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Ibrahim Foundation announces decision not to award 2010 Ibrahim
Mo Ibrahim Foundation
June 16, 2010
to fund Leadership Fellowships for next generation of African leaders
The Prize Committee met
yesterday to discuss the award of the 2010 Mo Ibrahim Prize. Following
its deliberations, the Prize Committee informed the Board of the
Foundation that it had not selected a winner.
Last year the Prize Committee
announced that it had considered some credible candidates, but after
in depth review could not select a winner. This year the Prize Committee
told the Board that there had been no new candidates or new developments
and that therefore no selection of a winner had been made.
The Ibrahim Prize recognises
and celebrates excellence in African leadership. The prize is awarded
to a democratically elected former African Executive Head of State
or Government who has served their term in office within the limits
set by the country's constitution and has left office in the last
The first winner of the
Prize was Joaquim Chissano, former President of Mozambique in 2007,
followed by Festus Mogae, former President of Botswana in 2008.
In addition Nelson Mandela was made an Honorary Laureate in 2007.
Responding to the Prize
Committee's decision, Mo Ibrahim, the founder and Chairman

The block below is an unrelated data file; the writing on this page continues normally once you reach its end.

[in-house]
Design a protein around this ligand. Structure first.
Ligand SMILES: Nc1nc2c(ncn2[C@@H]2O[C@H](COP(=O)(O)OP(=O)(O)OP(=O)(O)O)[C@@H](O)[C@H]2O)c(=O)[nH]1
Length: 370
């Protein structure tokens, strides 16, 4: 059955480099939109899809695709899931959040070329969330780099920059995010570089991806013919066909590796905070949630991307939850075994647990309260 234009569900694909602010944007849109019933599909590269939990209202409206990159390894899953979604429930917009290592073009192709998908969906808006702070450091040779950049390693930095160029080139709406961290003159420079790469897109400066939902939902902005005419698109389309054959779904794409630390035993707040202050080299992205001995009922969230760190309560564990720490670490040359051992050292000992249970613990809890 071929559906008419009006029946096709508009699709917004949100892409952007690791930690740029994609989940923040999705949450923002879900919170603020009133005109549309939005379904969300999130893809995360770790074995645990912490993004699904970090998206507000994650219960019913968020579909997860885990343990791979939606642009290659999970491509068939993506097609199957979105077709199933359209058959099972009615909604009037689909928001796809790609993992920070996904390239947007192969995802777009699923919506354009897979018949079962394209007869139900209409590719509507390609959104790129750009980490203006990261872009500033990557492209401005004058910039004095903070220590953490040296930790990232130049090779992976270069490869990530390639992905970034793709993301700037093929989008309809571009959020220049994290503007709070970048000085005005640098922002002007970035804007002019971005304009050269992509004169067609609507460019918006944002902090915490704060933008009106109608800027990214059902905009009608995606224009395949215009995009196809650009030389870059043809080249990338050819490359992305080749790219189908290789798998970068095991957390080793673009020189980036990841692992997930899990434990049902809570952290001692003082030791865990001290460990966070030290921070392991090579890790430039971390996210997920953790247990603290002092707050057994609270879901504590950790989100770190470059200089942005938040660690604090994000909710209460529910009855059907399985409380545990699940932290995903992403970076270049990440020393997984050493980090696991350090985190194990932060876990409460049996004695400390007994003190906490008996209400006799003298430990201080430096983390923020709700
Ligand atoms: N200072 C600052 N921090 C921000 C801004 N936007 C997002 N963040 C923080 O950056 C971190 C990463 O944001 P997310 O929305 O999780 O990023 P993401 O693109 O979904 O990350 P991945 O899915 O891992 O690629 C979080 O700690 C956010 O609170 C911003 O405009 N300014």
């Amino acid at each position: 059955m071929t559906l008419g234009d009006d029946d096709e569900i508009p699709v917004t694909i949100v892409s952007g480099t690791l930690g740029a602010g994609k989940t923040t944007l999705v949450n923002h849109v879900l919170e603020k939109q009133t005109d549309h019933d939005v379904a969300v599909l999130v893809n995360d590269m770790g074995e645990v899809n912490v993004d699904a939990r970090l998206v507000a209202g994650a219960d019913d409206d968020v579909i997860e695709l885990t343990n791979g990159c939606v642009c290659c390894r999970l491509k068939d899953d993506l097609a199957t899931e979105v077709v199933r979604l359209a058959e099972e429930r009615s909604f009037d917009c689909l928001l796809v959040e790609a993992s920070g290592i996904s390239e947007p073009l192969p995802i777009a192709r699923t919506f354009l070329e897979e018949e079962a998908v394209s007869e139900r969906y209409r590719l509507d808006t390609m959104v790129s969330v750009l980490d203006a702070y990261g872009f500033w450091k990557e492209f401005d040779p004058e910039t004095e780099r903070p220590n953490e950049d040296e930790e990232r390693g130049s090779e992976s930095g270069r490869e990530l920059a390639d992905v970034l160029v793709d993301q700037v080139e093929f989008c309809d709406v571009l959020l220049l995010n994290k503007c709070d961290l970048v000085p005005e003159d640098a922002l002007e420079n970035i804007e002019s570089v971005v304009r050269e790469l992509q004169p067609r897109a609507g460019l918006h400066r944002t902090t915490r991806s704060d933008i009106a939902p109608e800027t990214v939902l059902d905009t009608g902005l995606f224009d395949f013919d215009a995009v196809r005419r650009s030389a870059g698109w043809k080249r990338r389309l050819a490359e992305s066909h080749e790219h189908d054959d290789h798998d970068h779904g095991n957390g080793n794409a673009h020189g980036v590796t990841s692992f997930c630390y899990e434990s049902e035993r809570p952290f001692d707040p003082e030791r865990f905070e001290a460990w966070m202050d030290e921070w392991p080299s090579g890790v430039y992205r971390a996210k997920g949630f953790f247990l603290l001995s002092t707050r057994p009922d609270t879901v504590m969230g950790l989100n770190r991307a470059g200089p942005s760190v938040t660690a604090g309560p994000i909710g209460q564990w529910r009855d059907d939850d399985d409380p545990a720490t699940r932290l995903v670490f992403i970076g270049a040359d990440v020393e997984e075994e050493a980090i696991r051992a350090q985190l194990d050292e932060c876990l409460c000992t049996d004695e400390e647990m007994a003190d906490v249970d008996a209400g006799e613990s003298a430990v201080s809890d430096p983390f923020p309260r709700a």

of the Mo Ibrahim Foundation, said:
"The Board respects
the decision of the Prize Committee not to select a winner for the
2010 prize. The Prize Committee, which is independent from the Board,
is a unique repository of experience and expertise.
is a winner or not, the purpose of the Foundation is to challenge
those in Africa and across the world to debate what constitutes
excellence in leadership.
set for the Prize winner are high, and the number of potential candidates
each year is small. So it is likely that there will be years when
no Prize is awarded. In the current year, no new candidates emerged.
"Many African countries
are making great strides not just economically, but also in terms
of their governance. The Ibrahim Index, which measures the performance
of African countries across around 80 governance criteria, indicates
that the overall standard of governance is improving.
the Foundation is anything but complacent about the standards of
governance in Africa. Its mission is to improve governance and nurture
leadership in Africa. It is clear that much more needs to be done.
It is for that reason that the Foundation has decided to promote
"For example, the
Foundation will shortly be launching the Ibrahim Leadership Fellowships,
a selective programme designed to identify and prepare the next
generation of outstanding African leaders by providing them with
mentoring opportunities in key multilateral institutions. The programme
will seek to attract a number of highly qualified and talented professionals
each year to serve in leading institutions whose core objective
to improve the prospects of the people of Africa.
is currently working with pan-African organisations to design the
fellowships. It will announce further details of them at the Foundation's
annual celebration and forum on governance to be held in Mauritius
in November. Applications will open shortly afterwards and we expect
the first Leadership Fellows to begin their Fellowships early next
of promoting good African leadership is more important than ever.
Good governance is crucial if African people are to share in the
strong economic growth that many are predicting for Africa. There
are many ways to support great leadership. The prize is one such
way, the fellowships will be another."
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